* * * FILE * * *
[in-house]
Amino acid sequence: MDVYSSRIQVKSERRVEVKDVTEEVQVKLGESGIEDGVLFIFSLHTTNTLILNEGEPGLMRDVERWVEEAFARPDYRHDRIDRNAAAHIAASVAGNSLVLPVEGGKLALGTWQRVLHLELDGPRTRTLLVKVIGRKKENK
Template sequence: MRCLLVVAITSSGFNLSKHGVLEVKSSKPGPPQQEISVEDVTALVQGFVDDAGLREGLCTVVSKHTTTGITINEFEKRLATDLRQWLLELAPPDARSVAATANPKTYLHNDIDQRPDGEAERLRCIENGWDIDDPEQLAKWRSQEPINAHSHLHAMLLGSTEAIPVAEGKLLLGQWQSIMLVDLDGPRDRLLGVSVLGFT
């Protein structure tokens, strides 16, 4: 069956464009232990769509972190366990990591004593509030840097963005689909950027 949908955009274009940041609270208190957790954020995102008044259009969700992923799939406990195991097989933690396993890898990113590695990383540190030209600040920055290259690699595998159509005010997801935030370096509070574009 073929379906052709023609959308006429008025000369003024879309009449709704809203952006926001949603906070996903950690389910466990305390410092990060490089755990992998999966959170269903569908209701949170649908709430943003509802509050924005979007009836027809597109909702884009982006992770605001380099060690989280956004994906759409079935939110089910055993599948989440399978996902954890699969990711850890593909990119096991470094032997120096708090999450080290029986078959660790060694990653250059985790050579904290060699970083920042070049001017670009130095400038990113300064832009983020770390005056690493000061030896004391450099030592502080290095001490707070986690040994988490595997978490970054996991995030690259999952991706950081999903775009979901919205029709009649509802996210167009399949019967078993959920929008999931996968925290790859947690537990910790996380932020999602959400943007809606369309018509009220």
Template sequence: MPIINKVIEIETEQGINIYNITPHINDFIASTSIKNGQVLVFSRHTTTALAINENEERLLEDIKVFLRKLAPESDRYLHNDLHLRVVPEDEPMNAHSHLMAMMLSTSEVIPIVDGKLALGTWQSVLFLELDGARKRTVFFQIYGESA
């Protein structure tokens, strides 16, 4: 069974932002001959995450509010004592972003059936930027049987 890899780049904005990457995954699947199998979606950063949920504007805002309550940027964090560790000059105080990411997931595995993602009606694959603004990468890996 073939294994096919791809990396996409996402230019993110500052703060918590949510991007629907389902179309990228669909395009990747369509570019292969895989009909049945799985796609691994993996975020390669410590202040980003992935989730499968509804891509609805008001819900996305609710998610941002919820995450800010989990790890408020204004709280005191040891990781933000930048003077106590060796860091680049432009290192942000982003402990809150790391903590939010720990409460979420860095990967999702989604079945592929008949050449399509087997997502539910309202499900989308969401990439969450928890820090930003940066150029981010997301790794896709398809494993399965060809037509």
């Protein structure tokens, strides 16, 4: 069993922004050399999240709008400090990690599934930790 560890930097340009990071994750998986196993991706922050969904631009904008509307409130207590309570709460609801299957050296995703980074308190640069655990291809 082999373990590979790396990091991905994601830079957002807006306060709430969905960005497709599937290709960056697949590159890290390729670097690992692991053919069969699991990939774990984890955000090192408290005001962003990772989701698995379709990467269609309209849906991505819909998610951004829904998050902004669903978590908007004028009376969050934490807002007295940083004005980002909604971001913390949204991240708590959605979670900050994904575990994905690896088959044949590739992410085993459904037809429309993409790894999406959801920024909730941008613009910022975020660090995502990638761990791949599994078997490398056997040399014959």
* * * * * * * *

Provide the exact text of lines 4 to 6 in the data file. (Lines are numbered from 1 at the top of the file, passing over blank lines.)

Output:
């Protein structure tokens, strides 16, 4: 069956464009232990769509972190366990990591004593509030840097963005689909950027 949908955009274009940041609270208190957790954020995102008044259009969700992923799939406990195991097989933690396993890898990113590695990383540190030209600040920055290259690699595998159509005010997801935030370096509070574009 073929379906052709023609959308006429008025000369003024879309009449709704809203952006926001949603906070996903950690389910466990305390410092990060490089755990992998999966959170269903569908209701949170649908709430943003509802509050924005979007009836027809597109909702884009982006992770605001380099060690989280956004994906759409079935939110089910055993599948989440399978996902954890699969990711850890593909990119096991470094032997120096708090999450080290029986078959660790060694990653250059985790050579904290060699970083920042070049001017670009130095400038990113300064832009983020770390005056690493000061030896004391450099030592502080290095001490707070986690040994988490595997978490970054996991995030690259999952991706950081999903775009979901919205029709009649509802996210167009399949019967078993959920929008999931996968925290790859947690537990910790996380932020999602959400943007809606369309018509009220």
Template sequence: MPIINKVIEIETEQGINIYNITPHINDFIASTSIKNGQVLVFSRHTTTALAINENEERLLEDIKVFLRKLAPESDRYLHNDLHLRVVPEDEPMNAHSHLMAMMLSTSEVIPIVDGKLALGTWQSVLFLELDGARKRTVFFQIYGESA
């Protein structure tokens, strides 16, 4: 069974932002001959995450509010004592972003059936930027049987 890899780049904005990457995954699947199998979606950063949920504007805002309550940027964090560790000059105080990411997931595995993602009606694959603004990468890996 073939294994096919791809990396996409996402230019993110500052703060918590949510991007629907389902179309990228669909395009990747369509570019292969895989009909049945799985796609691994993996975020390669410590202040980003992935989730499968509804891509609805008001819900996305609710998610941002919820995450800010989990790890408020204004709280005191040891990781933000930048003077106590060796860091680049432009290192942000982003402990809150790391903590939010720990409460979420860095990967999702989604079945592929008949050449399509087997997502539910309202499900989308969401990439969450928890820090930003940066150029981010997301790794896709398809494993399965060809037509």